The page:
AAMI News February 2020
News in Brief
First AAMI Consensus Report Demystifies IEC 60601 Series
AAMI has published its first consensus report—a new kind of document developed to provide concise, prompt, and practical guidance on narrowly focused topics of high importance to the health technology community.
“The pace at which technology is evolving makes it difficult for traditional standards and technical information reports to keep up. AAMI members have voiced the need to have quicker guidance on issues where limited data exist, where there is variation in practice, or where there is confusion among stakeholders,” said Jen Padberg, AAMI senior vice president of standards program and policy. “To that end, the AAMI staff have, with consultation from members, developed a process by which much more rapid guidance can be provided in a new deliverable—an AAMI consensus report on emerging issues, or consensus report.”
AAMI CR500:2019, Basic Introduction to the IEC 60601 Series, is intended to clarify and to point out the importance of the IEC 60601 series of standards, as well as to provide guidance to understanding and to implementing the series. It is available in the AAMI Store at www.aami.org/store.
Fujifilm to Buy Hitachi Medical Imaging for $1.56B
Fujifilm entered into an agreement to buy Hitachi’s medical imaging business for about $1.56B. The deal would give Fujifilm an estimated 8.4% share of the global radiology device market, putting them in the same league as other global medical imaging companies like GE Healthcare, Philips, and Siemens, which hold over 20% of the market share, and Canon, which holds 9.5%. The deal is expected to close in July 2020.
“Fujifilm will further expand the business in the global market through cross-selling, utilizing the extensive sales channels of both companies,” said the company in a news release.
Hitachi’s current diagnostic imaging systems include computed tomography, magnetic resonance imaging, X-ray, and ultrasound. Fujifilm plans to incorporate its imaging processing and artificial intelligence technologies into new medical imaging solutions.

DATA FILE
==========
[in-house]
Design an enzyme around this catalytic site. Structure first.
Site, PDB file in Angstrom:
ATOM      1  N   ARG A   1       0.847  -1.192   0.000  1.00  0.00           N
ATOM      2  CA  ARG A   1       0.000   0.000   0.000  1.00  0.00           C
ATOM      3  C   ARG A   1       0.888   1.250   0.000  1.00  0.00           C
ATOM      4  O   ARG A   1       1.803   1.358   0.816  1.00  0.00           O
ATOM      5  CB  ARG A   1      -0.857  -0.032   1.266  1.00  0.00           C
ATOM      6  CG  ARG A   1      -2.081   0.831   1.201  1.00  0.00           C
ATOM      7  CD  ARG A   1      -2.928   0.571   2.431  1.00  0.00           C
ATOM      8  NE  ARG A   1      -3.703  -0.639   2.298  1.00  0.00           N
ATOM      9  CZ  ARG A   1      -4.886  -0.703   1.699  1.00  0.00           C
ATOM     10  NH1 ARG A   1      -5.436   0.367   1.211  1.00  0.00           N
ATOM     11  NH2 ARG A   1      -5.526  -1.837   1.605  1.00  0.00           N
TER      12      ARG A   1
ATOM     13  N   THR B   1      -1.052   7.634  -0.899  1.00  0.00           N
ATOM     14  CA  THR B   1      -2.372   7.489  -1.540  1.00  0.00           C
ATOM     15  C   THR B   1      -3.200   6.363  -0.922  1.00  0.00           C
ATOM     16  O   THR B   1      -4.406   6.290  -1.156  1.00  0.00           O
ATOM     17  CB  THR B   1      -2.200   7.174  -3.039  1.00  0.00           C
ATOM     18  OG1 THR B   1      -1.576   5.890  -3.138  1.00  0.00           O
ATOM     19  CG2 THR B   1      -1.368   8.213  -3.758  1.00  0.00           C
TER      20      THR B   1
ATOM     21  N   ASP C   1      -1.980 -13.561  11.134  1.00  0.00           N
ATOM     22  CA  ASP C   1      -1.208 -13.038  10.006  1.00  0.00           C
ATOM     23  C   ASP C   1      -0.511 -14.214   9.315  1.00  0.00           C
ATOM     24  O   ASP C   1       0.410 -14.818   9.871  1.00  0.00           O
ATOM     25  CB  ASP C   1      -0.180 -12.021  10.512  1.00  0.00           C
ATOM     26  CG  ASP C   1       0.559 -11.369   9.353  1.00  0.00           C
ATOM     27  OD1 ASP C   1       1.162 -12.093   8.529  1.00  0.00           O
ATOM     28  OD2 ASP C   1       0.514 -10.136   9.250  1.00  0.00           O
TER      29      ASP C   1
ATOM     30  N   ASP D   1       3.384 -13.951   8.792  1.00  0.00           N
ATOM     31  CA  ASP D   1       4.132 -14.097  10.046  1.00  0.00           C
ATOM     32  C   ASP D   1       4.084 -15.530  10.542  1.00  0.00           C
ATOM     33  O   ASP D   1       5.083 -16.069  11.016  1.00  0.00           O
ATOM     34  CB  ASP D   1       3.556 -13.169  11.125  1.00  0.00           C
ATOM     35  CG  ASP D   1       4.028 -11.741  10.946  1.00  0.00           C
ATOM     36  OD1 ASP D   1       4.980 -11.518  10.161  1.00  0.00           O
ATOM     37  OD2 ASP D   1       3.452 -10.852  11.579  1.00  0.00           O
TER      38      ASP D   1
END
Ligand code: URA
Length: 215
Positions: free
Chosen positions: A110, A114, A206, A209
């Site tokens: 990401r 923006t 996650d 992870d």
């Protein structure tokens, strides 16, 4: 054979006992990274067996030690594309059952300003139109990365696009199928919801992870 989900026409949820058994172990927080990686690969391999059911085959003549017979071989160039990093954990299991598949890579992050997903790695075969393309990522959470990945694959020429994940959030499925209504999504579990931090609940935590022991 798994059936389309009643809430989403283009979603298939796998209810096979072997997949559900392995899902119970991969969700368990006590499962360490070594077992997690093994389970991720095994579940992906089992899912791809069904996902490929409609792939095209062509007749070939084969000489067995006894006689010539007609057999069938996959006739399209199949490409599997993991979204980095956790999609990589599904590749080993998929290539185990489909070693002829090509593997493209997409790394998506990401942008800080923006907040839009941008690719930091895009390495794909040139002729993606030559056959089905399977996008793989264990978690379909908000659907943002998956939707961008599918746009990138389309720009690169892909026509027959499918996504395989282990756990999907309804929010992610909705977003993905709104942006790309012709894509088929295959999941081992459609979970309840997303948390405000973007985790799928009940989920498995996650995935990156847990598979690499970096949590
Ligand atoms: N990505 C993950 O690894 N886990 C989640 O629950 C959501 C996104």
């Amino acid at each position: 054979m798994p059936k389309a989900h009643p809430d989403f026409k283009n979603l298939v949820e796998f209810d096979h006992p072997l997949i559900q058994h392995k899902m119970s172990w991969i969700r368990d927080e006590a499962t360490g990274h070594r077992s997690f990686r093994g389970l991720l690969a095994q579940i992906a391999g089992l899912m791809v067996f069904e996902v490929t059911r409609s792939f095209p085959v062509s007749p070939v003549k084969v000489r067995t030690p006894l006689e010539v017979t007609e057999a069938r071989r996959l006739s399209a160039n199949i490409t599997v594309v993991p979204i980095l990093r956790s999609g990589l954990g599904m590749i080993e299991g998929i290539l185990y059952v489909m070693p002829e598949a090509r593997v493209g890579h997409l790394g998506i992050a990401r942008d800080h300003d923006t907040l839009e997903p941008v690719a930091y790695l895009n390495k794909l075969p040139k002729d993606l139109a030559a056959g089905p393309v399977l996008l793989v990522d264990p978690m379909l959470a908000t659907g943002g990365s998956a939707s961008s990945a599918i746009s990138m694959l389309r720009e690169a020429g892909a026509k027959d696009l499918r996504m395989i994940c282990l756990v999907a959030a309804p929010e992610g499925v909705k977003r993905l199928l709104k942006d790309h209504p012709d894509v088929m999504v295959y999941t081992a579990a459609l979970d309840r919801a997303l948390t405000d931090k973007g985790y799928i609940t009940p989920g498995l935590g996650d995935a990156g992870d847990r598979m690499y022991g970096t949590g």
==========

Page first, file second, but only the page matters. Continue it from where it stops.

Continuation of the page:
AAMI to Offer CBET Review Course in April
AAMI will again offer its popular review course to help biomedical equipment technicians (BMETs) prepare for the Certified Biomedical Equipment Technician (CBET) certification exam.
The eight-session CBET Study Course will be held every Monday and Wednesday evening, 7–9 p.m. starting Monday, April 6, and ending Wednesday, April 29. All sessions are recorded, so you can begin the study course at any time up until the end date.
These intensive online sessions cover each area of the CBET exam outline, including anatomy and physiology, public safety in the healthcare facility, fundamentals of electricity and electronics, health technology and function, health technology problem solving, and health information technology.
For more information and to register, visit www.aami.org/Certification.
FDA Final Rule on Submissions in Electronic Format
Medical device premarket submissions are now required to be sent in electronic format, according to a final rule issued by the Food and Drug Administration (FDA) on Dec. 16.
“We are taking this action to improve the efficiency of FDA’s premarket submission program for medical devices,” wrote the agency in a public notice, while adding that the new rule, which has been published in the Federal Register, would eliminate the need for multiple paper submissions.
In the final rule, the FDA wrote that the electronic submission requirement would “produce cost savings for firms without imposing any additional regulatory burdens for submissions or affecting the Agency’s ability to review submissions.” It estimated that the “final rule will result in annualized benefits of $1.76 million at a 3% discount rate and $1.76 million at a 7% discount rate, over 10 years.”
AAMI has launched a new webinar series just for healthcare technology management professionals, called HTM Live! This series of free webinars connects HTM professionals from around the world with experts who will discuss many of the biggest issues facing the profession, from medical device cybersecurity to reducing alarm fatigue and utilizing analytics.
ISMP Merges with ECRI for Improved Patient Safety
The Institute for Safe Medication Practices (ISMP) has become a subsidiary of the ECRI Institute, creating a broader patient safety advocacy organization.
“We’re leveraging both our expertise as well as our call points in the healthcare community,” said ECRI Institute President and CEO Marcus Schabacker in a press release. “Bringing these two entities together gives us very comprehensive coverage of the entire healthcare spectrum.”
“This affiliation is the natural evolution of a stronger partnership between two leading organizations dedicated to improving patient safety,” said ISMP President Michael Cohen in an ECRI press release. “We will now be able to work more closely together to share lifesaving information and further a vision where safe, high-quality healthcare is more readily available.”
Cohen will continue to lead the ISMP. Two ECRI executives will join the ISMP board of trustees.